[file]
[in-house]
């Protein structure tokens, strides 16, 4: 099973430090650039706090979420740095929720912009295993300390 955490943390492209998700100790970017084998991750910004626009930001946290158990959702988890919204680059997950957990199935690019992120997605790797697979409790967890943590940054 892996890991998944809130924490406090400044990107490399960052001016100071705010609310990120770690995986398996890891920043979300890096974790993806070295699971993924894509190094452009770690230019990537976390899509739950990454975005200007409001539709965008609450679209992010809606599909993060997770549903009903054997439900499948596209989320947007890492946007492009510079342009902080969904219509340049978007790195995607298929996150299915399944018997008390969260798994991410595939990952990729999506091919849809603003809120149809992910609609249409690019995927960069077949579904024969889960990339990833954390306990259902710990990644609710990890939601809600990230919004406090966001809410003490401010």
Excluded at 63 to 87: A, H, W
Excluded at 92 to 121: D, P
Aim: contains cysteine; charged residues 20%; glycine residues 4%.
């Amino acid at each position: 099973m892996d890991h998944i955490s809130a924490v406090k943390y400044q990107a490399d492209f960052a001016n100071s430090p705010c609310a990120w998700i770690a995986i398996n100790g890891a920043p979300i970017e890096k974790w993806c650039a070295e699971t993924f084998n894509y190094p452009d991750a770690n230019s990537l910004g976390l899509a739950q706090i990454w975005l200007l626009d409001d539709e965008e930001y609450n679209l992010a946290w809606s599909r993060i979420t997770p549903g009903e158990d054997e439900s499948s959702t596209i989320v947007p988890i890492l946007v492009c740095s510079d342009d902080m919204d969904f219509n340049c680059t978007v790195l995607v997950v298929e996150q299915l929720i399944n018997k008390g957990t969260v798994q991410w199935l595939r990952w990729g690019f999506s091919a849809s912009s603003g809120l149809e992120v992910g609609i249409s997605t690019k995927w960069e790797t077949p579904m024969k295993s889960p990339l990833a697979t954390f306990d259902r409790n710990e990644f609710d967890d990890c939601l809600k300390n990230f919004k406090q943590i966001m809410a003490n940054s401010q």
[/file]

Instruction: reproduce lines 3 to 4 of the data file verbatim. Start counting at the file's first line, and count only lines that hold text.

Excluded at 63 to 87: A, H, W
Excluded at 92 to 121: D, P